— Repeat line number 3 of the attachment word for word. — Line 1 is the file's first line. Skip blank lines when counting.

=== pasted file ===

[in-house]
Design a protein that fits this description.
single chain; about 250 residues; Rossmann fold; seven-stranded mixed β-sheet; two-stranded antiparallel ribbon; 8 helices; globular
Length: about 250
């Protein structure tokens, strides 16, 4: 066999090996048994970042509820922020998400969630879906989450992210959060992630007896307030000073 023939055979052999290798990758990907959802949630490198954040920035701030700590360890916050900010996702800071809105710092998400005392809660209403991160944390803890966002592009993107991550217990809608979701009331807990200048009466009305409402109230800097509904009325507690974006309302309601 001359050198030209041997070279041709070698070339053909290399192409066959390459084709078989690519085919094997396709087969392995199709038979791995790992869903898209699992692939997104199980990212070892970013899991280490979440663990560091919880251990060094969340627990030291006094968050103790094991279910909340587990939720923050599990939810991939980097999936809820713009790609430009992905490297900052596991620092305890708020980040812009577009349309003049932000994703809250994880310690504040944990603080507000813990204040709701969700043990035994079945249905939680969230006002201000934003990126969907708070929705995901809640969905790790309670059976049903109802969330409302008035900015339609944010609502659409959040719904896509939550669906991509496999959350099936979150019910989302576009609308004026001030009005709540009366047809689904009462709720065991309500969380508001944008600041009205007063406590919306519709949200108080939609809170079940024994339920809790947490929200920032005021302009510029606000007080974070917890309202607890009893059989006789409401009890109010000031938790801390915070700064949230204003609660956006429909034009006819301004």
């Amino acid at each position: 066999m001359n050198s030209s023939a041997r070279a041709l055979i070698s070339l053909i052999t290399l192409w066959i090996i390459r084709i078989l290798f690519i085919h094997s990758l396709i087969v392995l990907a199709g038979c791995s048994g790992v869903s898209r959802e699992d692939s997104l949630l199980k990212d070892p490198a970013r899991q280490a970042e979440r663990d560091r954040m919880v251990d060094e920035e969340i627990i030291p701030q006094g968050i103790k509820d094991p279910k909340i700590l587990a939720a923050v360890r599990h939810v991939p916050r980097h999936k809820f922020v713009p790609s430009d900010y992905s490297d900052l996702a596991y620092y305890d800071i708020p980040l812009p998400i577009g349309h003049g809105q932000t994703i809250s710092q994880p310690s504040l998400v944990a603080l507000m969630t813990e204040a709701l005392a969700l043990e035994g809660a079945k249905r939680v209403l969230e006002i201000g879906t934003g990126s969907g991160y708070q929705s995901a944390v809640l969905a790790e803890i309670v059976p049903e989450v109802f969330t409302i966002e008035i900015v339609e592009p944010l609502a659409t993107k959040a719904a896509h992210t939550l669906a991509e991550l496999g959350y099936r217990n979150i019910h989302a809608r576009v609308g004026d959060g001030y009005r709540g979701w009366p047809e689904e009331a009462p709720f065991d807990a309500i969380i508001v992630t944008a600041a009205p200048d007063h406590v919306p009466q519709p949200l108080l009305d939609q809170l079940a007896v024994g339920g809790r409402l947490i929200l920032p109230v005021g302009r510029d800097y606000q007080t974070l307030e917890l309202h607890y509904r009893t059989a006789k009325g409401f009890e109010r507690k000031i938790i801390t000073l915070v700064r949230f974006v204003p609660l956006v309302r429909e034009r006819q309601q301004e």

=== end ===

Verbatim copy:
single chain; about 250 residues; Rossmann fold; seven-stranded mixed β-sheet; two-stranded antiparallel ribbon; 8 helices; globular